Attorney general's office helping former InHealth patients seeking records
The state Office of the Attorney General is helping people get their medical records from InHealth Connecticut, the Willimantic-based health care company that recently closed doctors' offices in Mystic, Norwich and Willimantic.
“We are trying to ensure that they (InHealth) comply with state and federal laws pertaining to patient access to medical records,” Elizabeth Benton, the office’s director of communications, wrote Friday in an email.
She indicated the office has not opened an investigation into InHealth.
“We have been contacted by three constituents. Since our involvement, two have received their requested records,” Benton wrote, adding that people needing help can contact the attorney general’s office via its website at bit.ly/CTAGcomplaint, or by calling its Consumer Assistance Unit at (860) 808-5420.
Numerous InHealth patients have contacted The Day — some as recently as Friday — to report that InHealth has failed to respond to their repeated requests for copies of their records. In some cases, the lack of response has complicated patients’ ability to transfer their care to new physicians.
Former InHealth clients also have reported filing complaints with the state Department of Public Health. One former patient of a doctor at InHealth’s Norwich location said she had contacted the office of U.S. Rep. Joe Courtney, D-2nd District, and state Sen. Cathy Osten, D-Sprague.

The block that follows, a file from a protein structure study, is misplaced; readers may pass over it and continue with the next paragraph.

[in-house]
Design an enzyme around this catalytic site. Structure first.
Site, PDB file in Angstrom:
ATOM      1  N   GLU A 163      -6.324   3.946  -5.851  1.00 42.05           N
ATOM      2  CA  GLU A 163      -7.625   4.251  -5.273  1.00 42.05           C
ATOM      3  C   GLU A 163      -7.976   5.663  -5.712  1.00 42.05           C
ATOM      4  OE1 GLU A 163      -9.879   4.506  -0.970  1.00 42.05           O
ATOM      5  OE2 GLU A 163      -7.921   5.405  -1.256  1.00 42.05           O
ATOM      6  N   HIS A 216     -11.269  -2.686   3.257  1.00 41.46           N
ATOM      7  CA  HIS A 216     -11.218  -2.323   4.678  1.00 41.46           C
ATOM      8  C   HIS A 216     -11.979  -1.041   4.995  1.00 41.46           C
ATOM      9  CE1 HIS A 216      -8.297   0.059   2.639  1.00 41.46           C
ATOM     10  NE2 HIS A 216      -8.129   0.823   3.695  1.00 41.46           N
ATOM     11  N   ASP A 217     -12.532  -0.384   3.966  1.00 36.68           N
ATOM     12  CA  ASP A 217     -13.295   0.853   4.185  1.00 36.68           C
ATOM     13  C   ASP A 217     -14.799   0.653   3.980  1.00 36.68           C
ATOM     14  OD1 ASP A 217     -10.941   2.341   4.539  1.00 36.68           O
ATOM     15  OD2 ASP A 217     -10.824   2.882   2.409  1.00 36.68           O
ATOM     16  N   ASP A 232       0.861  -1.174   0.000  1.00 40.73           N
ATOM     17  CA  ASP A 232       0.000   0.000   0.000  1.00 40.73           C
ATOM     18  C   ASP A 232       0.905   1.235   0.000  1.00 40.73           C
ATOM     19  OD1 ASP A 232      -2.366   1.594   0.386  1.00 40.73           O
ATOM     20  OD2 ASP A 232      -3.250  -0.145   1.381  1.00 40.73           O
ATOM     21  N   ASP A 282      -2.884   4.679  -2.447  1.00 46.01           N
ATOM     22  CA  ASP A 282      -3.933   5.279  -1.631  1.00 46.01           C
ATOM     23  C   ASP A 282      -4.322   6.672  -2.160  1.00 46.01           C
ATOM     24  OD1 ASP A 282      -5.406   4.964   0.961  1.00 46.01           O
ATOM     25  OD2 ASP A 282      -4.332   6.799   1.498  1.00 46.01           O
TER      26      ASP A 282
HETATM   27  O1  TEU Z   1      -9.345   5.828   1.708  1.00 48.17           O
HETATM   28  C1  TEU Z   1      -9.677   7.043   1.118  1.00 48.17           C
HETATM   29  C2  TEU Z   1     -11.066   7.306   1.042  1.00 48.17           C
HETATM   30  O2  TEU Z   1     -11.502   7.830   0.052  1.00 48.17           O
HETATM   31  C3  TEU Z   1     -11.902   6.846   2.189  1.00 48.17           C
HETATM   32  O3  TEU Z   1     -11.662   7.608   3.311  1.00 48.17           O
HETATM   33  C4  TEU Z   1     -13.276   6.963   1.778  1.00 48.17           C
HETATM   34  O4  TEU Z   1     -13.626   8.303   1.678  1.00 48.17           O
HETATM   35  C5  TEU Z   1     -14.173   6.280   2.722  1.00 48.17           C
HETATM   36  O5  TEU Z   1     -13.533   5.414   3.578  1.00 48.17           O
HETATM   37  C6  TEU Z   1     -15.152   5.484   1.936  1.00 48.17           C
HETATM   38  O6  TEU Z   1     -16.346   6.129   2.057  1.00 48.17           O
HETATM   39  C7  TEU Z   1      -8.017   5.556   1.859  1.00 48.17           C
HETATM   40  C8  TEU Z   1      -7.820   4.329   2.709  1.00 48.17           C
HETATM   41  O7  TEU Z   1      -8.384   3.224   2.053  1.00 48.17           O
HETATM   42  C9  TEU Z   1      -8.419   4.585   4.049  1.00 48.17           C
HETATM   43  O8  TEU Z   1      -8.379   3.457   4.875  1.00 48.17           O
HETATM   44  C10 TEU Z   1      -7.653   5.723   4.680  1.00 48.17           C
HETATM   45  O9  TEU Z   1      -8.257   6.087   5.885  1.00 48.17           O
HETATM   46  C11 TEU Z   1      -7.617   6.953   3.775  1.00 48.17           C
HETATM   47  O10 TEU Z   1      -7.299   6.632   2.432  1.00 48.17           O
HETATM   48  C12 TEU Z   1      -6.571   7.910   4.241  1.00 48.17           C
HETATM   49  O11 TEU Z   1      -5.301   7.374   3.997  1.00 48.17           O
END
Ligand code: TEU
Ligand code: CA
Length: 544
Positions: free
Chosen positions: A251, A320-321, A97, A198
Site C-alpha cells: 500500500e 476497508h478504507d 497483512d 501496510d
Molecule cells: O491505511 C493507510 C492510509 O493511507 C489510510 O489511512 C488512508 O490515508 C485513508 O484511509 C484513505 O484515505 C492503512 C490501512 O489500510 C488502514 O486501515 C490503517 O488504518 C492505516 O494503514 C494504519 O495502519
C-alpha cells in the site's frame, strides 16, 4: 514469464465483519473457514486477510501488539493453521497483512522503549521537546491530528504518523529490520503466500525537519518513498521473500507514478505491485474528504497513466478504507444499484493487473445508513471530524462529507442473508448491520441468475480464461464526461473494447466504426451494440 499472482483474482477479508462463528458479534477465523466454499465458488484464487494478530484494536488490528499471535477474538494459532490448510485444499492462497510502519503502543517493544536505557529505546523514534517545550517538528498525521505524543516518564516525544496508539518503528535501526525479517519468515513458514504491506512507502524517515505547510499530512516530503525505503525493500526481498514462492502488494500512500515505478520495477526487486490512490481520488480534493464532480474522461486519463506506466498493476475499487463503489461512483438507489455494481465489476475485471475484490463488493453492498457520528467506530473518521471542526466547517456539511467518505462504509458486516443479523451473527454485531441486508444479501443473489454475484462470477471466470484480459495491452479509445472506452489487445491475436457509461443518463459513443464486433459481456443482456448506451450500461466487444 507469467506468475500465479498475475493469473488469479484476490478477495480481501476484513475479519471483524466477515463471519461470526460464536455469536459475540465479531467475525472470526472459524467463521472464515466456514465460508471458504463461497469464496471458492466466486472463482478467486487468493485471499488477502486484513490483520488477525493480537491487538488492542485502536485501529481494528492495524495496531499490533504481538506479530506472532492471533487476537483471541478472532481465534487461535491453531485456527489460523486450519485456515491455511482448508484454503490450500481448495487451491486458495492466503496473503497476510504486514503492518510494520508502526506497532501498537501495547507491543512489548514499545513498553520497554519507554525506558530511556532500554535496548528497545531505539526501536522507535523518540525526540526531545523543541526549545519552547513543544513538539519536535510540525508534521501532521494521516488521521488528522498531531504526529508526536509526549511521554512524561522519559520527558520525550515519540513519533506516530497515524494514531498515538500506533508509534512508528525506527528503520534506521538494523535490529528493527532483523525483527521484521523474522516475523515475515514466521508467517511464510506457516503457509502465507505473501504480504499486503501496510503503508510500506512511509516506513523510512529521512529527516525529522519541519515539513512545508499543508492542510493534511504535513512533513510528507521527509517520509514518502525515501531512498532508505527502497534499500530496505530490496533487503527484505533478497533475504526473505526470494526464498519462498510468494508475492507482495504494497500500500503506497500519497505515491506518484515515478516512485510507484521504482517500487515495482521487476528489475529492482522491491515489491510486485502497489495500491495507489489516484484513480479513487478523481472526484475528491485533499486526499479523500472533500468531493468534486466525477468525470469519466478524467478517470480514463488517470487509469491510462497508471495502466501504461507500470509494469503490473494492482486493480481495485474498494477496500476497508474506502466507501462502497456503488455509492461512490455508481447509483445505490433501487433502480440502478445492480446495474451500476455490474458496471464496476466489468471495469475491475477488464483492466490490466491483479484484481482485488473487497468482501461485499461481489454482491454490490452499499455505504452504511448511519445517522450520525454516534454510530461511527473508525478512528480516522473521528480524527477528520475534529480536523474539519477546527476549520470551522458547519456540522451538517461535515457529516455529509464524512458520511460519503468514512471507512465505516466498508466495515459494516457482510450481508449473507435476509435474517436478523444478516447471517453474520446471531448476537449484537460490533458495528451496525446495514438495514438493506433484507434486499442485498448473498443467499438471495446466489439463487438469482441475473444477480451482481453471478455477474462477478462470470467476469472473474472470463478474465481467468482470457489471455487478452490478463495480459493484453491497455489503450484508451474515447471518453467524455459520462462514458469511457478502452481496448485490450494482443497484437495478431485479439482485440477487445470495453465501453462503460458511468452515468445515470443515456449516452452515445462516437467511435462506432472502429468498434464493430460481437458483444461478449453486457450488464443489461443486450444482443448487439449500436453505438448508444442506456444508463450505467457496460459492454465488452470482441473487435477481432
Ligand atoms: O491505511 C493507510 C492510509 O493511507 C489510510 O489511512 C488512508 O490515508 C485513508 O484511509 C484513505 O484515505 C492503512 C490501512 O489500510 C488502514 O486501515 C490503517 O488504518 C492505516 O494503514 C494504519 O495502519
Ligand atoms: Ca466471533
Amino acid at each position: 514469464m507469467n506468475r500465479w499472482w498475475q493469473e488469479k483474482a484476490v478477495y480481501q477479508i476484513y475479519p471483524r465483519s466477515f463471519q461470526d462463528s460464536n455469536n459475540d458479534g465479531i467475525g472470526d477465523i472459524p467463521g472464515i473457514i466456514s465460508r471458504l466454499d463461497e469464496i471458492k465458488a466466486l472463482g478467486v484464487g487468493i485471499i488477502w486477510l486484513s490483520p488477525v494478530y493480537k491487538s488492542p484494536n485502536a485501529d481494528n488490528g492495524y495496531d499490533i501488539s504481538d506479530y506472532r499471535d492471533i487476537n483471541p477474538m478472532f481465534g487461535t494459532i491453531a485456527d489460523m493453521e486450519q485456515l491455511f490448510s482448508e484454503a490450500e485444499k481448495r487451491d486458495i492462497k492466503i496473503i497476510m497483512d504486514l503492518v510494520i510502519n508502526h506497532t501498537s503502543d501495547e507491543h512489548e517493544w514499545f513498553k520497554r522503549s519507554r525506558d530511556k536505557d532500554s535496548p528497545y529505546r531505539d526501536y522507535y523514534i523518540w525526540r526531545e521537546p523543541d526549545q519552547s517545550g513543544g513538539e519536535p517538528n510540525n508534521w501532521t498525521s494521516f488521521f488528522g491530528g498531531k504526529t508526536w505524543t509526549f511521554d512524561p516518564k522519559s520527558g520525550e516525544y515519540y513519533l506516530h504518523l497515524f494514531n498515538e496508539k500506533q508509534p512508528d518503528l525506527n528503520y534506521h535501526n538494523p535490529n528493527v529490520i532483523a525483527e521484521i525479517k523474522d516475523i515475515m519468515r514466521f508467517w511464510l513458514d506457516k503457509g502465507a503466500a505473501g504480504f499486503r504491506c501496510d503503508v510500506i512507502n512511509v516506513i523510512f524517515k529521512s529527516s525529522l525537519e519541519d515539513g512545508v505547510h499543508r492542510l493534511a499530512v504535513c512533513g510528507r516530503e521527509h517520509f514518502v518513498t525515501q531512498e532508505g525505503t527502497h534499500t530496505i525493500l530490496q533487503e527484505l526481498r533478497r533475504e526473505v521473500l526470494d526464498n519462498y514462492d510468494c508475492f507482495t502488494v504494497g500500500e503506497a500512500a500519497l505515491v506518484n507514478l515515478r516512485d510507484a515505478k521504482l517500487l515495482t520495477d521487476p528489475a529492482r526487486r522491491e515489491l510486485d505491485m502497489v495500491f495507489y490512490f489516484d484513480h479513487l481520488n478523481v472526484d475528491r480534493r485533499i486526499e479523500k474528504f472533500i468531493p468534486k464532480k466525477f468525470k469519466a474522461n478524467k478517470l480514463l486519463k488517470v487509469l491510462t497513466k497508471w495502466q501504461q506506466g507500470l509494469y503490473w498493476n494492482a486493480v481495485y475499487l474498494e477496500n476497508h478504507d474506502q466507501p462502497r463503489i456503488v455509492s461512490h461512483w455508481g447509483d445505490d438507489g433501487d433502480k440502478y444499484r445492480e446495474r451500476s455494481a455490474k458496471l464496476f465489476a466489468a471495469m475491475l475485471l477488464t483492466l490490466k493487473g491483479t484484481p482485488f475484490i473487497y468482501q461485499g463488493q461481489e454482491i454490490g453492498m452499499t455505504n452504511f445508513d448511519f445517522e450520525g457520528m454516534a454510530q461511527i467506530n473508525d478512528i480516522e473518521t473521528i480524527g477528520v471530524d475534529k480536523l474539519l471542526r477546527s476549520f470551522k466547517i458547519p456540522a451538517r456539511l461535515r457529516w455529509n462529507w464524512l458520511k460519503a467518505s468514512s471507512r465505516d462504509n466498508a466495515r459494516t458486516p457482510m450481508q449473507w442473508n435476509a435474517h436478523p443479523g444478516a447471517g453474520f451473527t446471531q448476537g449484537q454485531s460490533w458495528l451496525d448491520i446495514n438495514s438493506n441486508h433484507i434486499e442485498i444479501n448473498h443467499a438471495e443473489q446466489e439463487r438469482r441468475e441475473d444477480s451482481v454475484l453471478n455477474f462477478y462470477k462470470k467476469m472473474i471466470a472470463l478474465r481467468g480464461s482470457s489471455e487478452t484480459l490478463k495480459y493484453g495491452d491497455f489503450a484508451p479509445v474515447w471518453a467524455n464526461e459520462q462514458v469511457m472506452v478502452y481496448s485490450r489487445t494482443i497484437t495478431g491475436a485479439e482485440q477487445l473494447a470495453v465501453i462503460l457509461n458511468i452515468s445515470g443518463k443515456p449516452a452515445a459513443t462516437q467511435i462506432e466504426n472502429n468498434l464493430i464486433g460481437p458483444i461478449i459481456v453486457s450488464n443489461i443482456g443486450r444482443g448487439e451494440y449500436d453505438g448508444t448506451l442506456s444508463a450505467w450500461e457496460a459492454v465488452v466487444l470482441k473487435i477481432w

The former InHealth patient, Nancy Depietro of Norwich, said one member of her family has gotten requested records while she and two others have not.
Attempts to reach David Allcott, InHealth’s chief executive officer, have been unsuccessful.
Geoffrey Burnham, a physician’s assistant who worked at InHealth’s Seaport Medical location in Mystic, said he has heard “nothing but fallout” since the office’s April closing.
“Patients are exasperated,” he said. “Despite following instructions, they have failed to get their records. ... Patients with outstanding medical problems have been left by the wayside.”
Burnham said he and Dr. Edmund West, the physician who headed InHealth’s Mystic office, currently are going through a “credentialing process” before returning to work with new practices. He said West expects to join Hartford HealthCare's new facility in Pawcatuck, which is scheduled to open in late summer, while he plans to go with a Northeast Medical Group practice in Groton, part of the Yale New Haven Health System.
In a statement, Hartford HealthCare spokesman Shawn Mawhiney said Hartford HealthCare was aware of the InHealth closings and was helping displaced patients find alternative care.
"This includes directing patients to our GoHealth urgent care clinics and our primary care practices, and working to help patients as best we can to obtain their medical records," he said.
Editor's Note: This version corrects the spelling of Geoffrey Burnham's first name and the phone number for the Consumer Assistance Unit.
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